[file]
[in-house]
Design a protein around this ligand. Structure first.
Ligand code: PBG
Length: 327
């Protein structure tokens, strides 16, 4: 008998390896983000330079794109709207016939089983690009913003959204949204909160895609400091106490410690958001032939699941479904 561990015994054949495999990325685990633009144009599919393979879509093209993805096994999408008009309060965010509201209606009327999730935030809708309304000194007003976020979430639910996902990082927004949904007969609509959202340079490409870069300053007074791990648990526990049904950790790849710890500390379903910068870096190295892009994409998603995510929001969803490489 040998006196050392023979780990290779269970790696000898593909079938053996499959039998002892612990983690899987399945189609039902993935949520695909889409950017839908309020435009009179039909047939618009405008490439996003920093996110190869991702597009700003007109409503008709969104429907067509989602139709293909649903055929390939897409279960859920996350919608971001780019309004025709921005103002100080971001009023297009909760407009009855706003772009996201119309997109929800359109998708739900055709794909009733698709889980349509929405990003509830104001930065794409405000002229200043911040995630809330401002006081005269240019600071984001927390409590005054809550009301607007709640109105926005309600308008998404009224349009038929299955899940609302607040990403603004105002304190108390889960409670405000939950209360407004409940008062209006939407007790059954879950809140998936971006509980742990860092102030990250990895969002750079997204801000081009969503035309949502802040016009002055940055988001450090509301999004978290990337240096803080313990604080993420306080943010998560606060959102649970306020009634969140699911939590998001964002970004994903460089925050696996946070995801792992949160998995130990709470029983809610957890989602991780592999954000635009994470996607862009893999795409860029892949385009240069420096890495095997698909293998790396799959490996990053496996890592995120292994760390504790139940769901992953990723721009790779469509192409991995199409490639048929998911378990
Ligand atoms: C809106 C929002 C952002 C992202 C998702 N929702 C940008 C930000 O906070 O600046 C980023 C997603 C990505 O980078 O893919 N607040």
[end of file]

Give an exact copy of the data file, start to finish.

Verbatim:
[in-house]
Design a protein around this ligand. Structure first.
Ligand code: PBG
Length: 327
């Protein structure tokens, strides 16, 4: 008998390896983000330079794109709207016939089983690009913003959204949204909160895609400091106490410690958001032939699941479904 561990015994054949495999990325685990633009144009599919393979879509093209993805096994999408008009309060965010509201209606009327999730935030809708309304000194007003976020979430639910996902990082927004949904007969609509959202340079490409870069300053007074791990648990526990049904950790790849710890500390379903910068870096190295892009994409998603995510929001969803490489 040998006196050392023979780990290779269970790696000898593909079938053996499959039998002892612990983690899987399945189609039902993935949520695909889409950017839908309020435009009179039909047939618009405008490439996003920093996110190869991702597009700003007109409503008709969104429907067509989602139709293909649903055929390939897409279960859920996350919608971001780019309004025709921005103002100080971001009023297009909760407009009855706003772009996201119309997109929800359109998708739900055709794909009733698709889980349509929405990003509830104001930065794409405000002229200043911040995630809330401002006081005269240019600071984001927390409590005054809550009301607007709640109105926005309600308008998404009224349009038929299955899940609302607040990403603004105002304190108390889960409670405000939950209360407004409940008062209006939407007790059954879950809140998936971006509980742990860092102030990250990895969002750079997204801000081009969503035309949502802040016009002055940055988001450090509301999004978290990337240096803080313990604080993420306080943010998560606060959102649970306020009634969140699911939590998001964002970004994903460089925050696996946070995801792992949160998995130990709470029983809610957890989602991780592999954000635009994470996607862009893999795409860029892949385009240069420096890495095997698909293998790396799959490996990053496996890592995120292994760390504790139940769901992953990723721009790779469509192409991995199409490639048929998911378990
Ligand atoms: C809106 C929002 C952002 C992202 C998702 N929702 C940008 C930000 O906070 O600046 C980023 C997603 C990505 O980078 O893919 N607040």